Sequins and Slippers - The Show!

You may recall, back in April I filmed the first of my crafty ideas in a shoot, which paved the way for this very Blog!

And you know one of the reasons I'm so glad this is ready to share with you now..? Because I believe bunting is a summery celebration! So what better month to share a 'How To' on making some of your own..?!

Also - you now get to meet Rod..! This is his first real starring role in anything, so please be kind (if you're thinking of commenting), and let me know if the final scene makes you laugh the same way it makes me laugh every time I watch it (yes, I am that sad!).

It's all in the details...

I suppose the first thing to state, which is a little obvious, is that bunting can be as different as you want it to be... You can use paper, cardboard, felt, plastic sheeting - even crocheted wool (!); this is just the version I've chosen to demonstrate. And, much in the same way the materials can differ, so too can the shape and size - you could make it with square flags, tin foil stars - hell! Anything goes! Again, I've gone down the 'traditional' route - but you can really make it your own;


To explain how I came to be counting flags in the video; it's just ONE way of deciding how long the bunting will be, and to work out how much material you'll need.... Last year I made bunting for a friend's wedding; the couple bought their fabric, and I kept on making flags til there was none left... I think there was about 33metres in the end...
With a maniacal look, proud of my handwork!

Sew, how much fabric do I need?

How long's a piece of string?! You could work with as little as a metre of two different contrasting fabrics to start with, then play it by ear and buy more if need be - again, I'll just reiterate the proportions for the bunting on the video, just in case you find the dialogue version too fast to make a note of!

Imagine the flags are 20 cm in width, and based on the fact you'd make one flag for every letter of 'congratulations!' (for example) it'd need 16 flags (including the exclamation mark) then two flags either side of the word, just to add some length... that makes 20 flags in total. Lost yet? Good! Don't forget to add gaps between flags and at either end, for the purposes of this 'assignment' let's say they're 5cm each...

Find the bias binding length by doing the following equation
(20 flags x 20cm) + (21 spaces x 5cm) = 400cm + 105cm = 505cm = just over 5metres.

You'll notice I'm not talking about the length, just the width, of the flags; I think it's a matter of taste whether you like the 'boxy' triangle or the slimline triangle, again it'll be a case of trial and error :)

'boxy' VS

I won't go through every stage, as I think it's quite self explanatory - but you may be wondering why there are still pins in the flags after I've sewn them together (at 2mins 52secs on video); obviously some people would removed them as they sew... and I would too, normally, this is one of those anomalies that comes with filming something you normally do without thinking..! :)
Shop-bought bunting can be pricey...

Background Info...

As the next few episodes come out, you'll see they follow a bit of a 'format', and you'll get to know Rod more as each one comes... I thought I'd give a bit of background info as to what went in to the making of these short videos...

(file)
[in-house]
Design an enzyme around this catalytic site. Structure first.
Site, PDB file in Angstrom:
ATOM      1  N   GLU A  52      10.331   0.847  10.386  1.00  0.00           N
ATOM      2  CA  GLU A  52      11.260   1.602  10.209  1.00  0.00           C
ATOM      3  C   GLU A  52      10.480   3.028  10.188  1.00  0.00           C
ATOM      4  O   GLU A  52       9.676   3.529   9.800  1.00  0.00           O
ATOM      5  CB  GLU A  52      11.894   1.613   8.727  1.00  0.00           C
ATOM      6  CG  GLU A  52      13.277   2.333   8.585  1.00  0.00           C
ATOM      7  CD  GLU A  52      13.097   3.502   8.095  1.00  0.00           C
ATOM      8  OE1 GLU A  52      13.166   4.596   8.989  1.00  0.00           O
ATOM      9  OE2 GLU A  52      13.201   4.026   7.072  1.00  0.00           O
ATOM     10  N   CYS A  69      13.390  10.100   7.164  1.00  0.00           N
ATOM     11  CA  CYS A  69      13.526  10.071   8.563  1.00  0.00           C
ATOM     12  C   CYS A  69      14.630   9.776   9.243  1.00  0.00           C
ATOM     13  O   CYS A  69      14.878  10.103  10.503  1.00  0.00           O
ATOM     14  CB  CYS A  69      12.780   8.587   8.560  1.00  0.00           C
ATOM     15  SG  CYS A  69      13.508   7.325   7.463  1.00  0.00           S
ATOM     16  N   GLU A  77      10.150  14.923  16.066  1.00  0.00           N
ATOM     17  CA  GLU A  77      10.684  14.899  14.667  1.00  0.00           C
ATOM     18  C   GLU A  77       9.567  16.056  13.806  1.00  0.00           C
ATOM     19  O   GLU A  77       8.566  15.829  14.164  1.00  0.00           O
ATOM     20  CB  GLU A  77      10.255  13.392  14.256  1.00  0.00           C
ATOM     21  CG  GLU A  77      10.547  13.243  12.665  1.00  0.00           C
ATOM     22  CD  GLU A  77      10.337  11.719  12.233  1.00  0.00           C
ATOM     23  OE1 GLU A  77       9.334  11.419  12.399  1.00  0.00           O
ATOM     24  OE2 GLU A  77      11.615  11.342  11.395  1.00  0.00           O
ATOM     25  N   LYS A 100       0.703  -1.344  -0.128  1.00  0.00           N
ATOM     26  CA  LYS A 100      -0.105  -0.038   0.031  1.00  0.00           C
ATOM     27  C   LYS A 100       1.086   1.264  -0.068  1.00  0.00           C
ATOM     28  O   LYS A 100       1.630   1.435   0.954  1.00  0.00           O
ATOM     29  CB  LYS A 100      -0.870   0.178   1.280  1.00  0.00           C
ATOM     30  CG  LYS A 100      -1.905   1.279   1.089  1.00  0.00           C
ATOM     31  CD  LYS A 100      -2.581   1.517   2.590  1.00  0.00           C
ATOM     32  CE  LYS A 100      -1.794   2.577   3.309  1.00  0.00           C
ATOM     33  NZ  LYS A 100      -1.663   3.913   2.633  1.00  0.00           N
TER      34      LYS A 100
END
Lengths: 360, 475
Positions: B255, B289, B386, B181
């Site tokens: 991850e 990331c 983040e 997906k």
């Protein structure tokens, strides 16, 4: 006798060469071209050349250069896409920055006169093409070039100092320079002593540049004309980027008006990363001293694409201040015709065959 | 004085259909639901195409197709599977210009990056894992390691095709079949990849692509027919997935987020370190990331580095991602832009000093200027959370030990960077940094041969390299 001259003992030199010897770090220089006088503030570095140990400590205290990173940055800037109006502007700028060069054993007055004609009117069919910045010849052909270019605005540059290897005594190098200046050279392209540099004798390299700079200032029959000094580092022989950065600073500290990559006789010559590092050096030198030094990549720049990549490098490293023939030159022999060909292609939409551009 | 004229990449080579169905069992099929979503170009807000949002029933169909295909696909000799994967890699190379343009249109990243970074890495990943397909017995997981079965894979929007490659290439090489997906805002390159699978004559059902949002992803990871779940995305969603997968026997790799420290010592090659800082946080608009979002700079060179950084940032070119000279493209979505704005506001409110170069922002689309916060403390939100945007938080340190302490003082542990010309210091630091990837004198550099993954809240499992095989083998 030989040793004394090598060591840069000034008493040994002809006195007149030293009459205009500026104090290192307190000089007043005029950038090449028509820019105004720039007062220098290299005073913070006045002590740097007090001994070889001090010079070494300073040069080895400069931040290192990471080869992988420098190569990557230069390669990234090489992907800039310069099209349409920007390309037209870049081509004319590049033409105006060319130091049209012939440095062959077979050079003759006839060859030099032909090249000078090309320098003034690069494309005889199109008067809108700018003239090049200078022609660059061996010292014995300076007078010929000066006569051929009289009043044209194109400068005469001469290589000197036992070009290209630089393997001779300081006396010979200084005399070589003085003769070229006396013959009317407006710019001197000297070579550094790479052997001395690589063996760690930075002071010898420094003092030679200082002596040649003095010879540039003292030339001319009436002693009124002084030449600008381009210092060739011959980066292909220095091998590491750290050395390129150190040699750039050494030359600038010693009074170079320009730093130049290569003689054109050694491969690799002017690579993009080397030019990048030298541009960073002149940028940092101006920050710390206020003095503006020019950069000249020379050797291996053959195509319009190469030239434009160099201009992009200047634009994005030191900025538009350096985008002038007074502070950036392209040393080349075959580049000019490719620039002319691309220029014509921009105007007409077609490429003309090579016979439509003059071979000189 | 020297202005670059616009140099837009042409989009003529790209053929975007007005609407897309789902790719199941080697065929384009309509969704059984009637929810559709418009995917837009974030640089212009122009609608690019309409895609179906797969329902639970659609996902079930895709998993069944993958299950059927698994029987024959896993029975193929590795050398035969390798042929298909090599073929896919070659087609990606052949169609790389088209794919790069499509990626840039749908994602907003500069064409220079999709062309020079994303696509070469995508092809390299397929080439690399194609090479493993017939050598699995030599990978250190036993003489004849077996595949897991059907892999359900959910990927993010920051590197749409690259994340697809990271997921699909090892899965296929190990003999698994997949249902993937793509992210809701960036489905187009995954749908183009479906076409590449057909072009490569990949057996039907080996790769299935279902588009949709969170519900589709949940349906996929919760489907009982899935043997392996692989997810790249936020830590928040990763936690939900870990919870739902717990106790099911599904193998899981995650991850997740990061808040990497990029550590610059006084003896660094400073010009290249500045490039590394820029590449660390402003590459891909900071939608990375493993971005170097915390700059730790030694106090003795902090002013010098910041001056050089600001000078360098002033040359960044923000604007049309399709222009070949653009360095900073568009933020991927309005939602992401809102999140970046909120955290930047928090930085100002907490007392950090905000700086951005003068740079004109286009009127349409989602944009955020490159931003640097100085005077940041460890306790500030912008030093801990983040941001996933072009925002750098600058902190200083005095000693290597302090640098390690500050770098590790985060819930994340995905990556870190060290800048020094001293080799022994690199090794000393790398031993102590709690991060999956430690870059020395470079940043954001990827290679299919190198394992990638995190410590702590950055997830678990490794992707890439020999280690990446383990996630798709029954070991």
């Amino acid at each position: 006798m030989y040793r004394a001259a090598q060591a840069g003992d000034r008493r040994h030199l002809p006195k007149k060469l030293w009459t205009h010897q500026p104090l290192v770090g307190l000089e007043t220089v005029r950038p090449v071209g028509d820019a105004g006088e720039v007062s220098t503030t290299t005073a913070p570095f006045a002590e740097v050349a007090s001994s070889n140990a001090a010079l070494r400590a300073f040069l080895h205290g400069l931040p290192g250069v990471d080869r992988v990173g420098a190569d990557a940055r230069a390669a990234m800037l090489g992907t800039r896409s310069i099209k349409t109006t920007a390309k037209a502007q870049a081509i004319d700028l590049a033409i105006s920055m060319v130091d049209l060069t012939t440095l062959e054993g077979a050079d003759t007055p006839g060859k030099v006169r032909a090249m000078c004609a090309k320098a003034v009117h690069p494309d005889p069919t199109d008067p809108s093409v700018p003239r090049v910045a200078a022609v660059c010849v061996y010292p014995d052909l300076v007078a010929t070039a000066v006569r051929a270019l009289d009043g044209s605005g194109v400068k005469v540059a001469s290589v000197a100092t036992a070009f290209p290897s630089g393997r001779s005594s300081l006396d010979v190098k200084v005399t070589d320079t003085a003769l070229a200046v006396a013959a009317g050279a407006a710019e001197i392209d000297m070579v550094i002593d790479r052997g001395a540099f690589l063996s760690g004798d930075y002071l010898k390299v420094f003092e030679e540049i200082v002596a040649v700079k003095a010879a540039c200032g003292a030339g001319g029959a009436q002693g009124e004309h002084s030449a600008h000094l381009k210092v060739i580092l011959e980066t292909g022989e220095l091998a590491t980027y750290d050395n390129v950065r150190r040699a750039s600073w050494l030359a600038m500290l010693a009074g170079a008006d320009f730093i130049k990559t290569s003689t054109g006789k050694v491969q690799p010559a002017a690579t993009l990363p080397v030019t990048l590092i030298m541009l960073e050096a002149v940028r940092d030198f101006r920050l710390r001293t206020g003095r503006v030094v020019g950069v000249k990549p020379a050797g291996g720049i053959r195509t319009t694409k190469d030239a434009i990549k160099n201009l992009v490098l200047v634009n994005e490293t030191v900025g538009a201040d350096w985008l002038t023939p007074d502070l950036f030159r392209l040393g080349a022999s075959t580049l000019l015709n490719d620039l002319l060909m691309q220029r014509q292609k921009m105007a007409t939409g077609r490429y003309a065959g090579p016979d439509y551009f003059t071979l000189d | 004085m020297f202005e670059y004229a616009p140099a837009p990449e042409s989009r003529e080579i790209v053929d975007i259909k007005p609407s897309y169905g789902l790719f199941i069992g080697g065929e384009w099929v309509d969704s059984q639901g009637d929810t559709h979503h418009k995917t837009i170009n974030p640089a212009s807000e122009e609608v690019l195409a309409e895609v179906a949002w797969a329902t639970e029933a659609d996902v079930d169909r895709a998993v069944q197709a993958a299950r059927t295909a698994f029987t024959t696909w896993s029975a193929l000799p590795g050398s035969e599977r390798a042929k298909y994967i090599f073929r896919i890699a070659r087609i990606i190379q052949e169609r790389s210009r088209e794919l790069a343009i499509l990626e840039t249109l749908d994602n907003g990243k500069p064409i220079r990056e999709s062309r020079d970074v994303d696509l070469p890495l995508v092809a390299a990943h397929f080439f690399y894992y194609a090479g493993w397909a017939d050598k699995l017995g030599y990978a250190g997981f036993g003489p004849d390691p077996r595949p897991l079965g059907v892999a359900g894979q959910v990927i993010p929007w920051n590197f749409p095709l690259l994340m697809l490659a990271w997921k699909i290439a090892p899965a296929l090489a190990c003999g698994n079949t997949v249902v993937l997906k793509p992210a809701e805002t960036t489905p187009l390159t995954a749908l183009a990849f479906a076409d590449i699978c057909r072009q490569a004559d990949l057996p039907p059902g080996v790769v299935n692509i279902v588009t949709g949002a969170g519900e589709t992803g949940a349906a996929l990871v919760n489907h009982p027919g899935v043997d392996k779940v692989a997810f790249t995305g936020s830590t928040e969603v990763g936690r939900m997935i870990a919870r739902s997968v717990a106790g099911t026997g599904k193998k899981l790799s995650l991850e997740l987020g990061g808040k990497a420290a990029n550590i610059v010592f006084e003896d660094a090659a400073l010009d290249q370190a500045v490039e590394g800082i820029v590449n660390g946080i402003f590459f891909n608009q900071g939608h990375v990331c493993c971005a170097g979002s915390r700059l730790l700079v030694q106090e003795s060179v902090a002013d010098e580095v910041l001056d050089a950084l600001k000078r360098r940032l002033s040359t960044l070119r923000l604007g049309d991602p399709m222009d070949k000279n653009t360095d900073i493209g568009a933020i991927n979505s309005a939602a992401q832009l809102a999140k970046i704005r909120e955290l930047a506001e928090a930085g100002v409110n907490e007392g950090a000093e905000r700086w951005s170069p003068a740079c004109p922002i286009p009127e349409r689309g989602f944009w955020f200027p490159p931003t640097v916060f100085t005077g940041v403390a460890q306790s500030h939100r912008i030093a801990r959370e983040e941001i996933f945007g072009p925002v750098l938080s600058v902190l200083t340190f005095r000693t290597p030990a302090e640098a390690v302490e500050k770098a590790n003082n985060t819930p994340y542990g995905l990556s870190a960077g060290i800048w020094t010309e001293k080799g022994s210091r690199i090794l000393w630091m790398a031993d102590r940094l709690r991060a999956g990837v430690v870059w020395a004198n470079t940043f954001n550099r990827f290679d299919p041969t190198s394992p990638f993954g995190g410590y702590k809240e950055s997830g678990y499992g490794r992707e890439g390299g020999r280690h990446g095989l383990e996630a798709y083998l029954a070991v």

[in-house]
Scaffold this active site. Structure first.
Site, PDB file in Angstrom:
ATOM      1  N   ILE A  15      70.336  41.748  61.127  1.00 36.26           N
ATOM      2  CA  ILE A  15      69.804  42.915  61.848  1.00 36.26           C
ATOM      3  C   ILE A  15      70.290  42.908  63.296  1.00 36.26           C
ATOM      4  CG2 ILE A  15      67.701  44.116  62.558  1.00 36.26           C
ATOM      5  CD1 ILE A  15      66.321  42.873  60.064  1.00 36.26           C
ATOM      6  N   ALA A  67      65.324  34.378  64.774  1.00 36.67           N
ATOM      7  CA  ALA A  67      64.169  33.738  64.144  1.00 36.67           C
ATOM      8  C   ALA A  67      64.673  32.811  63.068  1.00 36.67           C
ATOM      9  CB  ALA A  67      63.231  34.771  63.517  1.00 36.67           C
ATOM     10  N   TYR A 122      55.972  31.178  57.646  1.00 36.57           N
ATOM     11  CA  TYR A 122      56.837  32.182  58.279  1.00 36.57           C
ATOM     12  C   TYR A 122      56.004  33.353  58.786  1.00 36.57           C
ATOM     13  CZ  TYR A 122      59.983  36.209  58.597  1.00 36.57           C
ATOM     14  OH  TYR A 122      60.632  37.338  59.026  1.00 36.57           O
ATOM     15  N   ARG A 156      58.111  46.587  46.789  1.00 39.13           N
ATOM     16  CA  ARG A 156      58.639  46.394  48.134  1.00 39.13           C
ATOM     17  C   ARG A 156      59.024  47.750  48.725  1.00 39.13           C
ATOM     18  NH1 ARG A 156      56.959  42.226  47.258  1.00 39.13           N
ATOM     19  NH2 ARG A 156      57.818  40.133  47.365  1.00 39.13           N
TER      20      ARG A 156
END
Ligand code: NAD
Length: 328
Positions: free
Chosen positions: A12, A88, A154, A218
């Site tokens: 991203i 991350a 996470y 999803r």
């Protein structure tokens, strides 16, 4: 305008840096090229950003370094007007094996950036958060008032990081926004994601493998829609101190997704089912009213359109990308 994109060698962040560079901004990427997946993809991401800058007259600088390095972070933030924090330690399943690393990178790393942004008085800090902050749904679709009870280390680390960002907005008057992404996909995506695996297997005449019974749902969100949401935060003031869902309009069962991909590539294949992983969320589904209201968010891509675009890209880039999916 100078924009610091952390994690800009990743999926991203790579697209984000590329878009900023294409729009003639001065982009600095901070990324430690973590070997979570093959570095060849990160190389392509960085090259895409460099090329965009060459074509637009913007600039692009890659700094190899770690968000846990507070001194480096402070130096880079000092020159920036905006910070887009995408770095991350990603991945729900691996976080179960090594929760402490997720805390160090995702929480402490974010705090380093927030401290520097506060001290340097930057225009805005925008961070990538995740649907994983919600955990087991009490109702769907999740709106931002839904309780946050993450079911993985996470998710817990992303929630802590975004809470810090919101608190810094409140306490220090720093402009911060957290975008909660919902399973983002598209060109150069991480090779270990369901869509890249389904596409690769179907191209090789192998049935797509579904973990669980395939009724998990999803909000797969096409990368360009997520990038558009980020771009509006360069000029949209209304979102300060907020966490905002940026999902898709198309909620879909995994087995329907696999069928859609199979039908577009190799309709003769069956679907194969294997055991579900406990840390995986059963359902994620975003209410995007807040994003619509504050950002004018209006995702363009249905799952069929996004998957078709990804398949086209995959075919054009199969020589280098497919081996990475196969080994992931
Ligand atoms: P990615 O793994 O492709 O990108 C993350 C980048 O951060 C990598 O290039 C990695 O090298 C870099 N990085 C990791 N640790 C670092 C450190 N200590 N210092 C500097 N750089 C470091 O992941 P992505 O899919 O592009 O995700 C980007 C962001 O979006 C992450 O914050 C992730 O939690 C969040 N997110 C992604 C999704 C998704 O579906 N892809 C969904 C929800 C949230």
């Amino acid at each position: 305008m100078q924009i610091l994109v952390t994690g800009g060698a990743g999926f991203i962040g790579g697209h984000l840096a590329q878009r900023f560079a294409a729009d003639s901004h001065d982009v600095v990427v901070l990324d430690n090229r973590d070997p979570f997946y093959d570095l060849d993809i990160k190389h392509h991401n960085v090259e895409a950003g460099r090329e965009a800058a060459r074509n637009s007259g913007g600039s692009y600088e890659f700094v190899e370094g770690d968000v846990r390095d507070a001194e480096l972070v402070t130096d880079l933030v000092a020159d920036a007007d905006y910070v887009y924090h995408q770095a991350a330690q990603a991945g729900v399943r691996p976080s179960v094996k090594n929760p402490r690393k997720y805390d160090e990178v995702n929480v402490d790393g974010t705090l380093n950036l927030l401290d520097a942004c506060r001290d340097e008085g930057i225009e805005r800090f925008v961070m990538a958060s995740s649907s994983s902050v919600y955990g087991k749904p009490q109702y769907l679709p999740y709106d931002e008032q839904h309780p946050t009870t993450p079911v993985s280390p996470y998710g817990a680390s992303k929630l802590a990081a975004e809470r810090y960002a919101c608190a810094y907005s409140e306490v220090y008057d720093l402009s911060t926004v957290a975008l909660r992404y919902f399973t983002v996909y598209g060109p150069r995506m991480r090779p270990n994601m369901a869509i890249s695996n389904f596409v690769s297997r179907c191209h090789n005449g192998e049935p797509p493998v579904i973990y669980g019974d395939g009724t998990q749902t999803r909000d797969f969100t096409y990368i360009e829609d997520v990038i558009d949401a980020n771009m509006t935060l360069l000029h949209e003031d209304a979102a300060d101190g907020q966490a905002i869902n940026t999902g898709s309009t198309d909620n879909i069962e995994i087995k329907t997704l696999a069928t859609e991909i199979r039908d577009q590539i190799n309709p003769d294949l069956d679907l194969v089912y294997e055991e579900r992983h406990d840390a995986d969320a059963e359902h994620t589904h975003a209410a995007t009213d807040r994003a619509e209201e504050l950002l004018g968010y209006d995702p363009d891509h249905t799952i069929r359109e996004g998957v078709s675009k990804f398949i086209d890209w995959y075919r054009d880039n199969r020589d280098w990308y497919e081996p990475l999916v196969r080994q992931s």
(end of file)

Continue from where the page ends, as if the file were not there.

It was a real eye opener when I started prepping for this shoot. Mostly, as a presenter I turn up to a studio or location and either read from autocue or present live; but either way the prep is mostly done by the producer and/or director. On this occasion, I had to foresee the various stages the bunting would 'zip' to, so as not to state the obvious and be seen 'real time' sewing through every stage. Again, I don't normally have an iron hot and ready for action at my feet, but these are things that you get to thinking about when prepping a crafty shoot; what will be needed, where, and when.

The shoot is filmed in my lounge mostly, although I don't a) talk to myself or b) face towards the wall to sew... this is much how it looks normally... It's shot on two cameras, one set for the wide shot, the other handheld for close-ups, which is what gives it that 'natural' feel. It didn't feel particularly natural lighting-wise, as there were (what I call) flood lights in the lounge, giving an amazing brightness and edge to everything. I think it's details like this that make it look different from other filmed-at-home Youtube videos - it'd be interesting to hear whether or not you notice, or if it all looks much the same as what you're used to... I'm really chuffed at how Plus 44 Films brought my ideas to life!

I'm looking forward to sharing more of these short videos with you SOON..! And in the meantime I'll be cracking on with my Summer Challenge!


  1. Very cool :0) The blog is looking great.

  2. Took me a little while to get around to watching the video; handheld devices were taking umbrage with the youtube - but it was worth the wait. Looking forward to seeing more in the series.

    Constructive criticism - only a couple of things: all the math at the beginning; I would like to have seen it all on a whiteboard (or blackboard) - I don't know why, it must be the way my brain works (either that or my misspent youth watching Countdown has brainwashed me into expecting such things). I liked the "top tips" (although would like to have seen a bit gathering all the tips together and drawing more attention to them -- again, it's how my mind works).